Finding The Right Reason

Today I’ve been thinking about whether something is done “because of” or “in spite of”.

I realise that in a lot of cases that is obvious, so let me explain where I think it’s contentious.

I woke up from a dream this morning.  It was a dream of someone putting their engagement or wedding news on Instagram.  The two people were on the photos, but she was also wearing two rings.  One looked like a wedding ring while one was obviously the engagement ring.  The latter, though, was not like the engagement ring that she once showed me a picture of.

The other weird thing was that she was wearing a turquoise dress, and not a white one.  That would make sense for an engagement, but not a wedding.  She did, though, used to own a turquoise dress.

So, OK, dreams don’t always make sense and maybe shouldn’t.  However, in trying to interpret them one should look up the individual elements and put them together to build a picture that makes sense to the dreamer.  Most of my dream makes sense literally – I don’t think there are metaphorical representations on any individual part.

It was just that the ring wasn’t the one it was supposed to be, but she was wearing it nonetheless.

I still haven’t worked out the dream and it’s probably nothing, but it left me with that feeling about whether something was done “in spite of” (the ring) or “because of” it.  It felt like something happened that was sub-perfect, which changed which phrase I think should have been used.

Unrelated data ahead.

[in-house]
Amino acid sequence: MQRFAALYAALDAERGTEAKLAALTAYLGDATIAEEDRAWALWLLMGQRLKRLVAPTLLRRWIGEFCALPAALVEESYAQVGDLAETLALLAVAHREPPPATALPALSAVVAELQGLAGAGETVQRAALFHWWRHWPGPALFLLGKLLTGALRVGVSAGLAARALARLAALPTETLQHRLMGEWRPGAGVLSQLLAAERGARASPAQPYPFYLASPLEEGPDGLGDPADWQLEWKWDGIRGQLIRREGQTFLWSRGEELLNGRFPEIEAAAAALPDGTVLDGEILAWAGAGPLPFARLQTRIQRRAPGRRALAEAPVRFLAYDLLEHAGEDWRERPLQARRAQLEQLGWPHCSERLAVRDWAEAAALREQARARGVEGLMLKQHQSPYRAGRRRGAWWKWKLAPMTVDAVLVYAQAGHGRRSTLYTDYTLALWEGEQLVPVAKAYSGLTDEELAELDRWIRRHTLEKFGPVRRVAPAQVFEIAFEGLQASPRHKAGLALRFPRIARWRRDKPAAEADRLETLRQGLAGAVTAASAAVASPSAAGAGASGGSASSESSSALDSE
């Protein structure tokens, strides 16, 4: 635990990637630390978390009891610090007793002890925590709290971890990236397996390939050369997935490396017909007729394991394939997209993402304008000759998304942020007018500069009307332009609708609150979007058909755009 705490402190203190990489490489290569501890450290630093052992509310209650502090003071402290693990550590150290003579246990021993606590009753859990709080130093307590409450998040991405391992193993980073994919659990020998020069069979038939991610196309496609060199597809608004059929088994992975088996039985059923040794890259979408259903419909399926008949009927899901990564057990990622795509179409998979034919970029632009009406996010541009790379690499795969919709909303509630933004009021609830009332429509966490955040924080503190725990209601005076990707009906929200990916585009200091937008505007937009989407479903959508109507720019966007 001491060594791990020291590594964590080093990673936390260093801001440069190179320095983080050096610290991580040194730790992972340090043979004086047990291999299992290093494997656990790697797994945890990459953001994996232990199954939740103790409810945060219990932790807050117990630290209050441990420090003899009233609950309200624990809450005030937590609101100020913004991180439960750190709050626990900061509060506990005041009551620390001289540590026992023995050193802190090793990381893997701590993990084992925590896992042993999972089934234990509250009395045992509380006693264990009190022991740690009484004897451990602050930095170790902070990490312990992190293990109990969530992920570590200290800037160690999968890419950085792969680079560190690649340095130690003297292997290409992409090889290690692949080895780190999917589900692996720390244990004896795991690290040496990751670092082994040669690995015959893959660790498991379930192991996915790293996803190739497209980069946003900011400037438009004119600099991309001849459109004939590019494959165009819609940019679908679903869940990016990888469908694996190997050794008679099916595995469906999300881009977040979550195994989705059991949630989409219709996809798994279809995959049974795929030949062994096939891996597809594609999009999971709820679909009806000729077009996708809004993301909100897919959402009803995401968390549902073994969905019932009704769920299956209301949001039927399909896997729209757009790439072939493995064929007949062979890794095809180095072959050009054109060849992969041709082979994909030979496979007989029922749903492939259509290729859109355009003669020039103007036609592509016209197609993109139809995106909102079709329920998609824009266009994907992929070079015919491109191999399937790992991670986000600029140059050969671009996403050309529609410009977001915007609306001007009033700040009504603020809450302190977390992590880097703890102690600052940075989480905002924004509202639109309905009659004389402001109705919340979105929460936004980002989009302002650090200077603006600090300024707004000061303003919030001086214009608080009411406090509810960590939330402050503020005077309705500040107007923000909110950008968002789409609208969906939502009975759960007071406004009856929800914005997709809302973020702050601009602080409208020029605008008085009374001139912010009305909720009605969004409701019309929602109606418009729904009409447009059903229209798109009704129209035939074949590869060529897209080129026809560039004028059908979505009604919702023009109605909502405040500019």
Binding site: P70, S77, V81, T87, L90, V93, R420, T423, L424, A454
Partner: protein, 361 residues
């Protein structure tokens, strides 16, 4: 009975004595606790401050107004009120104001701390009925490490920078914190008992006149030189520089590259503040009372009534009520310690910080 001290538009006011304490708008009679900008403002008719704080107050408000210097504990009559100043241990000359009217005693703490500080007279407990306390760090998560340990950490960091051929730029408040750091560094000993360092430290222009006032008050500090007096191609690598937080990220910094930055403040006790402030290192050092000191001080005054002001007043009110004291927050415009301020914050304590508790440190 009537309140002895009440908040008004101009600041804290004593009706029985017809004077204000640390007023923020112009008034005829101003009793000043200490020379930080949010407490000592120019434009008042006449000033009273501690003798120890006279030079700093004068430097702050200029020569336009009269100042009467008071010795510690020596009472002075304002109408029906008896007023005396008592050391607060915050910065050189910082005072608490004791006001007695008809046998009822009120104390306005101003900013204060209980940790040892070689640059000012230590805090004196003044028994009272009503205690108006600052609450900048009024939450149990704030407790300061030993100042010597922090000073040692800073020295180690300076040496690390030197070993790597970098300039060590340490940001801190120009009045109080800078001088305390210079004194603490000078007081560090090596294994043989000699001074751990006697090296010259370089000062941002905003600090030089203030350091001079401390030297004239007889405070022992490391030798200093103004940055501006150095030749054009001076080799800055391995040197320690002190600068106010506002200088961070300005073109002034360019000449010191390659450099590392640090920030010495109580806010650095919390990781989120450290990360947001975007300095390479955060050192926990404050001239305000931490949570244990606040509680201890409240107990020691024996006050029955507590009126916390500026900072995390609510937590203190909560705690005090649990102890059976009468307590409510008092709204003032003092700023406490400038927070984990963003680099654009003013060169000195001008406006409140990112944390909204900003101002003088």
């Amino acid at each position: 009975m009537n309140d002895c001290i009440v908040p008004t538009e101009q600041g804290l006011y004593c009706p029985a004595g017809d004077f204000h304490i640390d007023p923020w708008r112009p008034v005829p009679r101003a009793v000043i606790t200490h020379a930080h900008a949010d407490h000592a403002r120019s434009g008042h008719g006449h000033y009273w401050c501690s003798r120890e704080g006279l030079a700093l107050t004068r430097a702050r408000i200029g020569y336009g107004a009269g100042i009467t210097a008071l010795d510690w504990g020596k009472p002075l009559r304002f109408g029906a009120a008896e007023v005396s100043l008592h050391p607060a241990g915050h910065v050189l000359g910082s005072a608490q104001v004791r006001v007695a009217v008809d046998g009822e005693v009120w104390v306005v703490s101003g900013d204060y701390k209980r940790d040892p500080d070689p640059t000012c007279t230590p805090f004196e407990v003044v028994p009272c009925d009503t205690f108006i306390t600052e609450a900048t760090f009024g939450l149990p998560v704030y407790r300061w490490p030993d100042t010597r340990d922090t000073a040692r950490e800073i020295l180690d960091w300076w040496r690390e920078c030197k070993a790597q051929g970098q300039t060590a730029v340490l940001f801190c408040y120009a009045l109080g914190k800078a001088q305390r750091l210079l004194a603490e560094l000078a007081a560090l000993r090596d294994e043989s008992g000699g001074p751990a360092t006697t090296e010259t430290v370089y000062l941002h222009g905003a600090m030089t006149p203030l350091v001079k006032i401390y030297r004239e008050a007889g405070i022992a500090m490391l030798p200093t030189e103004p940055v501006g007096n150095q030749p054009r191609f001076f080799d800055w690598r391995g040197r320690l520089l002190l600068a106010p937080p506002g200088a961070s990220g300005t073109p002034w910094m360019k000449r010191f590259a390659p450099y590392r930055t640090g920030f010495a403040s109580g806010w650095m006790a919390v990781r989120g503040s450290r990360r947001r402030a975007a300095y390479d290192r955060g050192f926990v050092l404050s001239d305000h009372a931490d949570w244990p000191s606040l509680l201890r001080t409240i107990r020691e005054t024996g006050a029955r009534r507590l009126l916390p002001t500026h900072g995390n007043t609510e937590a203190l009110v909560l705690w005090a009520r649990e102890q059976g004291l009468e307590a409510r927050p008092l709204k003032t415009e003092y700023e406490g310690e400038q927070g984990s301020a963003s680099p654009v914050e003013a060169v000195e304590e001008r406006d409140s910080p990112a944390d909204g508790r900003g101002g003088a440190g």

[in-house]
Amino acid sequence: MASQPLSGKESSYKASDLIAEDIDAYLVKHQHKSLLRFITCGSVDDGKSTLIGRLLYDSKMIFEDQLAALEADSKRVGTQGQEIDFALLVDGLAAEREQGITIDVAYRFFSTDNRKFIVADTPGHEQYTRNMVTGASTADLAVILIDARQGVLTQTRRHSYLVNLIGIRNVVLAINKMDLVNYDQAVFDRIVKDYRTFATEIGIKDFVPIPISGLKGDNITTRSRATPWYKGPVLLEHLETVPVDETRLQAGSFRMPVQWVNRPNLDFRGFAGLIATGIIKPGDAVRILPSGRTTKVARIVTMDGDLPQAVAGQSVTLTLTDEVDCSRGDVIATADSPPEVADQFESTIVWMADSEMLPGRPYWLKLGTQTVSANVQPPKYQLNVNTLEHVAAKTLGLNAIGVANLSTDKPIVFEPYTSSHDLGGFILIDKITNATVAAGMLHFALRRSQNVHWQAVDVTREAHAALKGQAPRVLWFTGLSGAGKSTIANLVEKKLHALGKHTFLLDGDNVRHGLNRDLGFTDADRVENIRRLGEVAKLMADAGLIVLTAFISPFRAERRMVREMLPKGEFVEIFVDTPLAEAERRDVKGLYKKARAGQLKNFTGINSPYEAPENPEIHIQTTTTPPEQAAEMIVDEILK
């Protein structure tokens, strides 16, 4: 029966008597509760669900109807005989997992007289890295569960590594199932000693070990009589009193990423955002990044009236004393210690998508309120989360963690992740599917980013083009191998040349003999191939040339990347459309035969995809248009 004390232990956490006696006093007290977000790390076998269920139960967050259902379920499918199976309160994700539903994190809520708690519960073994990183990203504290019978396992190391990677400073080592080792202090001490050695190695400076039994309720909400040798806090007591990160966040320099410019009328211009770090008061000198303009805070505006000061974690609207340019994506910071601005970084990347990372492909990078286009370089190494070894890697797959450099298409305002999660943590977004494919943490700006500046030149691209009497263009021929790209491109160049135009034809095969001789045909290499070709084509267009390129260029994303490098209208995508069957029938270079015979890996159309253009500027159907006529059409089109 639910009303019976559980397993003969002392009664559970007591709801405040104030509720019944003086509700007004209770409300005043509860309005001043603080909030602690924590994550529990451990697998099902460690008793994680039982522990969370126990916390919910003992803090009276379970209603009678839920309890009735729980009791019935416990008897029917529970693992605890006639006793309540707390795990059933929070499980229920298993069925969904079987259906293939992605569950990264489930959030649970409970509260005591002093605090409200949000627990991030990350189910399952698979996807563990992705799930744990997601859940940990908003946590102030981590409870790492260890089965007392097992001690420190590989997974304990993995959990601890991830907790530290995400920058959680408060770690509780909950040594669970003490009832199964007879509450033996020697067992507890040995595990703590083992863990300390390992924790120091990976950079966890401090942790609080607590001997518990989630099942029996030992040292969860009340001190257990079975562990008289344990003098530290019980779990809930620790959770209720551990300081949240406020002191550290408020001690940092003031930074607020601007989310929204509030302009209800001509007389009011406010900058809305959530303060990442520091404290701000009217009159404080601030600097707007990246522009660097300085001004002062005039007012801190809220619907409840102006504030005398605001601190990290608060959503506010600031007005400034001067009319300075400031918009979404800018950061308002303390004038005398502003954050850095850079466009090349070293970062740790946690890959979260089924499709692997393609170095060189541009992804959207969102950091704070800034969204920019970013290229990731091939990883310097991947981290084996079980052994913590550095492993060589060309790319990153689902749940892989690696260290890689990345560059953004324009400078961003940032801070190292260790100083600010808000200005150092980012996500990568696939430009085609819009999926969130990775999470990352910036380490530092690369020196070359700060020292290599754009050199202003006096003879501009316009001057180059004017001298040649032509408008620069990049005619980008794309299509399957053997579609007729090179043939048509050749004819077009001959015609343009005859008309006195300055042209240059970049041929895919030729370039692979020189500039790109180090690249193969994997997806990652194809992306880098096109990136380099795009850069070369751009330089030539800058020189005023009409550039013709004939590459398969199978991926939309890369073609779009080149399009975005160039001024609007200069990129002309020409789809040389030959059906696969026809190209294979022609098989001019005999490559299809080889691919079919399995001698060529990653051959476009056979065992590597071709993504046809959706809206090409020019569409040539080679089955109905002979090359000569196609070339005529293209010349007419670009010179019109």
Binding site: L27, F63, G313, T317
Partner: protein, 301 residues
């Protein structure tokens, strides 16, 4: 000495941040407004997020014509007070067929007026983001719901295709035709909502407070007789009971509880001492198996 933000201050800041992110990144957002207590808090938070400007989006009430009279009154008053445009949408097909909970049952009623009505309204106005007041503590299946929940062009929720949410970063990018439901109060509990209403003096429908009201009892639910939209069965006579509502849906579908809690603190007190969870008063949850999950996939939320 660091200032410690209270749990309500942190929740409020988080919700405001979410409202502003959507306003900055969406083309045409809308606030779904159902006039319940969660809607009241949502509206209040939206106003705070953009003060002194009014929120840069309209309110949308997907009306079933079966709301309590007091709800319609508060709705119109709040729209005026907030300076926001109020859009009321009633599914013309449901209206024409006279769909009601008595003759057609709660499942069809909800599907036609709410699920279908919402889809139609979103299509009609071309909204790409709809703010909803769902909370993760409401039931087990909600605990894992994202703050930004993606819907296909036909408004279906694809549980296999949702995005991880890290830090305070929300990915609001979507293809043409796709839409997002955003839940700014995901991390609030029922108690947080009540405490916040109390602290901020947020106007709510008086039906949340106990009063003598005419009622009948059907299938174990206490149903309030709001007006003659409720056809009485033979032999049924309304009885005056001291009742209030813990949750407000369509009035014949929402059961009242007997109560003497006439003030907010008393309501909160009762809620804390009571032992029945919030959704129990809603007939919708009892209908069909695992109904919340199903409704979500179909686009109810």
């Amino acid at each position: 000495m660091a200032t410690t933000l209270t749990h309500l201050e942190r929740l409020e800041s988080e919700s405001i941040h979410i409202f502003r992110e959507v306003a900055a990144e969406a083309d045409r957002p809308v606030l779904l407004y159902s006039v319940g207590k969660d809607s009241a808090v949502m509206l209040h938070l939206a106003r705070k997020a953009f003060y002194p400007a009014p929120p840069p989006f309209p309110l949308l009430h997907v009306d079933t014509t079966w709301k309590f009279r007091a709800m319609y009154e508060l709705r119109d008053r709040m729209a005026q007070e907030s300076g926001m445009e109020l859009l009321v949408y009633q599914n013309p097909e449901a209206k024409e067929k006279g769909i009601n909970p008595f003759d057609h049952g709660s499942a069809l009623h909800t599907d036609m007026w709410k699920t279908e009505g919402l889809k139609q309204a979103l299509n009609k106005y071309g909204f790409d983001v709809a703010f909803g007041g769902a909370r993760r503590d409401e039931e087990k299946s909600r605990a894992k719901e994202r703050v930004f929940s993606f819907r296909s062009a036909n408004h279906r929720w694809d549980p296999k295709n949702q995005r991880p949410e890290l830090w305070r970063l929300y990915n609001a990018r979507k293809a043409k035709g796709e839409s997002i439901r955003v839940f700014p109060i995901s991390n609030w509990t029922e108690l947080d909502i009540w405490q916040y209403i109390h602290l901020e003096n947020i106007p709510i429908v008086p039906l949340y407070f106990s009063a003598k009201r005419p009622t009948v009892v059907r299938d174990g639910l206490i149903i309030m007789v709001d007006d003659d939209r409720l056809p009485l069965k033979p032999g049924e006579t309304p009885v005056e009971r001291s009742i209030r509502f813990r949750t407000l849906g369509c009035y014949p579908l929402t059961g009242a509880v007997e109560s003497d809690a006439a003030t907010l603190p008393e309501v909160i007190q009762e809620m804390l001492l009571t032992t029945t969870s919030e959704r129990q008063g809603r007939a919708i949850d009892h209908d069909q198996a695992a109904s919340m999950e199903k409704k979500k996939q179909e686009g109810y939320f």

It’s such a fine difference between the two phrases and it seems barely noticeable most of the time, especially because we want to attribute meaning and reason to things that happen and can do that all too easily.

In some cases, our own opinions can taint what we view as the true reason for something.  Let me take, because it’s probably the only example I can think of, ex Manchester United footballer Paul Scholes.  Some people would say that he wasn’t one of the recent greats because he couldn’t tackle.  Others would argue that he is right up there in ability because of how he could pass and shoot.  So some would say that he’s great because of what he could do, and so would say he’s great in spite of what he couldn’t.

I’m struggling to think of some things so close and so often confused that are actually opposite. It’s one that I think I’m going to continue pondering on, to make sure I’ve got the right reasons for things.

 

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